It serves not only the employee. It is there for you to rely on when it comes to people management. How you will deal with certain circumstances or events. It sets out clear ways in which both you and employees should act in the workplace and outlines the rewards and penalties in either compliance or failure to do so.

What Should I Include in My Employee Handbook?

Employee handbooks are the pillar stone of communication for the Human Resource department and also the first line of defense against any potential litigation.

So, first and foremost, it is so important that the handbook documents the company’s compliance with all federal and also state laws and regulations.

We have compiled compliance policies that are among the most important to include along with official government guidelines to ensure your handbook is up to date with the law:

1. The equal employment opportunity policy –The U.S. Equal Employment Opportunity
2. The Anti-harassment and also a non-discrimination-policy – U.S. Equal Employment Opportunity Commission
3. The Family and Medical Leave Act / medical leaves of absence policy. – Family and Medical Leave (FMLA)
4. An Americans with Disabilities Act policy – ADA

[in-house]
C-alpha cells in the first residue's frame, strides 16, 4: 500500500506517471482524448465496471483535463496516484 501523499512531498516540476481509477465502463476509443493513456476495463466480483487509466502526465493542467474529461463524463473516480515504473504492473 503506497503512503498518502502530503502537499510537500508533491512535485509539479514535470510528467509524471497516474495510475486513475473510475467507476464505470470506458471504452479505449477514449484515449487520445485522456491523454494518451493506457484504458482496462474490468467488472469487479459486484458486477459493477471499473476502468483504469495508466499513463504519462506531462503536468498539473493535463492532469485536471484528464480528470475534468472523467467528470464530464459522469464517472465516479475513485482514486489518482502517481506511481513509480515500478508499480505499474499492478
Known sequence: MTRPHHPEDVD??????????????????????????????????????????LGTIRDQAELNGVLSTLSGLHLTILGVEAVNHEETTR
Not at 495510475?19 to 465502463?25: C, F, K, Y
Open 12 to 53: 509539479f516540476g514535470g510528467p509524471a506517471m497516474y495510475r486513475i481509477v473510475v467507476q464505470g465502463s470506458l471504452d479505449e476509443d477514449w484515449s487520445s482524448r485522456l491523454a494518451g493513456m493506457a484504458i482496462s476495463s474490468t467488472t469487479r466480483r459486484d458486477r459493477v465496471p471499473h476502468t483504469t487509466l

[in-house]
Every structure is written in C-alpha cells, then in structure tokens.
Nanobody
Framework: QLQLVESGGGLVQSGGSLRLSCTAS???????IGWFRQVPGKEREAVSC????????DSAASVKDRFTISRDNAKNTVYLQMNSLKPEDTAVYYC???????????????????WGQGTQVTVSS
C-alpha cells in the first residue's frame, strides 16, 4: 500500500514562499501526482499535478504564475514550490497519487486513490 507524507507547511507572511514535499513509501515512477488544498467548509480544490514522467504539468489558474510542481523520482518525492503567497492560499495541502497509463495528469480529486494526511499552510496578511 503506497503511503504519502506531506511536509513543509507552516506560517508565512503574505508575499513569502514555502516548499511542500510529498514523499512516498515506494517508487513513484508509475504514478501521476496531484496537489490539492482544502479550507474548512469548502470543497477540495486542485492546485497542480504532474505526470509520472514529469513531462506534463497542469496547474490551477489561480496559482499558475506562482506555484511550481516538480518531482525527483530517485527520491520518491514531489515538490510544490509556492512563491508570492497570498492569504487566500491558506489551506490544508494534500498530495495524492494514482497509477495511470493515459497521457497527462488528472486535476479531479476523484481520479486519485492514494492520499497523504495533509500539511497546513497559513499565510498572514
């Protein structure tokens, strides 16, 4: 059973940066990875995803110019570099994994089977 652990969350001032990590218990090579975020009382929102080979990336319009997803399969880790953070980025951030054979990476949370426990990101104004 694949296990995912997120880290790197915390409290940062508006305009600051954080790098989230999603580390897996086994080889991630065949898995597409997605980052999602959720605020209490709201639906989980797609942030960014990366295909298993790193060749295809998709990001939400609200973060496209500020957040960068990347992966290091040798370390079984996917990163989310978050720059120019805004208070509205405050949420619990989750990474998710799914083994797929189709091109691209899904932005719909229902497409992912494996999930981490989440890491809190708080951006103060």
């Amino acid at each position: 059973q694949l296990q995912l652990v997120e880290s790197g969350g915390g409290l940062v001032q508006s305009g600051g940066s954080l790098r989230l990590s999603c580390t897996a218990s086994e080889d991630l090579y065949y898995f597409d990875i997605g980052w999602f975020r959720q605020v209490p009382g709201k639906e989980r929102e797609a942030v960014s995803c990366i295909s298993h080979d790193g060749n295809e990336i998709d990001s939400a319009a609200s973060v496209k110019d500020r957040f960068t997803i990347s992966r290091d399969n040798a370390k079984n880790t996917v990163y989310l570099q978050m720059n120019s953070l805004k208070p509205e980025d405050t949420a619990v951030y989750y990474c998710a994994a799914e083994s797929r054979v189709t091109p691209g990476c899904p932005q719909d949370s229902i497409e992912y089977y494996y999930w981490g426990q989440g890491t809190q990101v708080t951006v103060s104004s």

5. The religious accommodation policy – Workplace Religious Accommodation
6. The background-check policy. – U.S. Equal Employment Opportunity Commission
7. Health and Safety compliance – Occupational Safety and Health Administration
8. Relevant State Laws – Updates
9. A contractual disclaimer and at-will policy or statement.
10. A signable employee acknowledgment form.

Additional topics to address that are important but that are more specific to your company could include the following:

  • Exempt and non-exempt schedules
  • Breaks and time-tracking
  • Payroll procedures
  • Benefits overview
  • Code of conduct
  • A progressive discipline policy for all employees
  • Security, genera safety, and equipment-usage policies
  • A confidentiality policy and agreement